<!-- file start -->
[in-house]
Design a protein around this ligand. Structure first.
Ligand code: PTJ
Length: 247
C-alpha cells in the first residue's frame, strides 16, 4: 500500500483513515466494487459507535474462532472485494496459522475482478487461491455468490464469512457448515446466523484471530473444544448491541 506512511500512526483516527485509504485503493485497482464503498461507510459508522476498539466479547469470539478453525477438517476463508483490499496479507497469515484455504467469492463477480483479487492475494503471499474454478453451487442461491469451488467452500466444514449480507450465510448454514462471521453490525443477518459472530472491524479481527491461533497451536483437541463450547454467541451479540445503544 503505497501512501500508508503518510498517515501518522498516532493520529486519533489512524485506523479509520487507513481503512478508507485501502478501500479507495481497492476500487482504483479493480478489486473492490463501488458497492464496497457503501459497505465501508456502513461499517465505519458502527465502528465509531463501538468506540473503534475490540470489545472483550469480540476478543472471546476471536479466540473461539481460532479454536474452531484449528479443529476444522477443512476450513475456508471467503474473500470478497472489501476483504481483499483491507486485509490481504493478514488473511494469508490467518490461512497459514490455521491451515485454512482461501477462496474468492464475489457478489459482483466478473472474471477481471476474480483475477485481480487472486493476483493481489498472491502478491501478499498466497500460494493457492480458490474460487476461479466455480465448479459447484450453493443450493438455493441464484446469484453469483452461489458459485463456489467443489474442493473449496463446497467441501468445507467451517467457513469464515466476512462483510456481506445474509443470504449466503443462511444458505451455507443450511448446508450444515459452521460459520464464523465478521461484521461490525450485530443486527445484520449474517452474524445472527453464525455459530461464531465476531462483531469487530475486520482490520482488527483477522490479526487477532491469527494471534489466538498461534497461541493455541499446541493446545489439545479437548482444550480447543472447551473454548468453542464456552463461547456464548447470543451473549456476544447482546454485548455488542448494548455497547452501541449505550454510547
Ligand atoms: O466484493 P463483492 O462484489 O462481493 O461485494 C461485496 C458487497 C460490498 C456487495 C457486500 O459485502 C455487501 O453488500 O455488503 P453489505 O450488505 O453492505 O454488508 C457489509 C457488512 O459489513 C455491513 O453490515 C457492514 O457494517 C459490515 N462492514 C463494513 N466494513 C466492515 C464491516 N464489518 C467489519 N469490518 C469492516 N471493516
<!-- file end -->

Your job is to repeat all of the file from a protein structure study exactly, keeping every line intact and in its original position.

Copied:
[in-house]
Design a protein around this ligand. Structure first.
Ligand code: PTJ
Length: 247
C-alpha cells in the first residue's frame, strides 16, 4: 500500500483513515466494487459507535474462532472485494496459522475482478487461491455468490464469512457448515446466523484471530473444544448491541 506512511500512526483516527485509504485503493485497482464503498461507510459508522476498539466479547469470539478453525477438517476463508483490499496479507497469515484455504467469492463477480483479487492475494503471499474454478453451487442461491469451488467452500466444514449480507450465510448454514462471521453490525443477518459472530472491524479481527491461533497451536483437541463450547454467541451479540445503544 503505497501512501500508508503518510498517515501518522498516532493520529486519533489512524485506523479509520487507513481503512478508507485501502478501500479507495481497492476500487482504483479493480478489486473492490463501488458497492464496497457503501459497505465501508456502513461499517465505519458502527465502528465509531463501538468506540473503534475490540470489545472483550469480540476478543472471546476471536479466540473461539481460532479454536474452531484449528479443529476444522477443512476450513475456508471467503474473500470478497472489501476483504481483499483491507486485509490481504493478514488473511494469508490467518490461512497459514490455521491451515485454512482461501477462496474468492464475489457478489459482483466478473472474471477481471476474480483475477485481480487472486493476483493481489498472491502478491501478499498466497500460494493457492480458490474460487476461479466455480465448479459447484450453493443450493438455493441464484446469484453469483452461489458459485463456489467443489474442493473449496463446497467441501468445507467451517467457513469464515466476512462483510456481506445474509443470504449466503443462511444458505451455507443450511448446508450444515459452521460459520464464523465478521461484521461490525450485530443486527445484520449474517452474524445472527453464525455459530461464531465476531462483531469487530475486520482490520482488527483477522490479526487477532491469527494471534489466538498461534497461541493455541499446541493446545489439545479437548482444550480447543472447551473454548468453542464456552463461547456464548447470543451473549456476544447482546454485548455488542448494548455497547452501541449505550454510547
Ligand atoms: O466484493 P463483492 O462484489 O462481493 O461485494 C461485496 C458487497 C460490498 C456487495 C457486500 O459485502 C455487501 O453488500 O455488503 P453489505 O450488505 O453492505 O454488508 C457489509 C457488512 O459489513 C455491513 O453490515 C457492514 O457494517 C459490515 N462492514 C463494513 N466494513 C466492515 C464491516 N464489518 C467489519 N469490518 C469492516 N471493516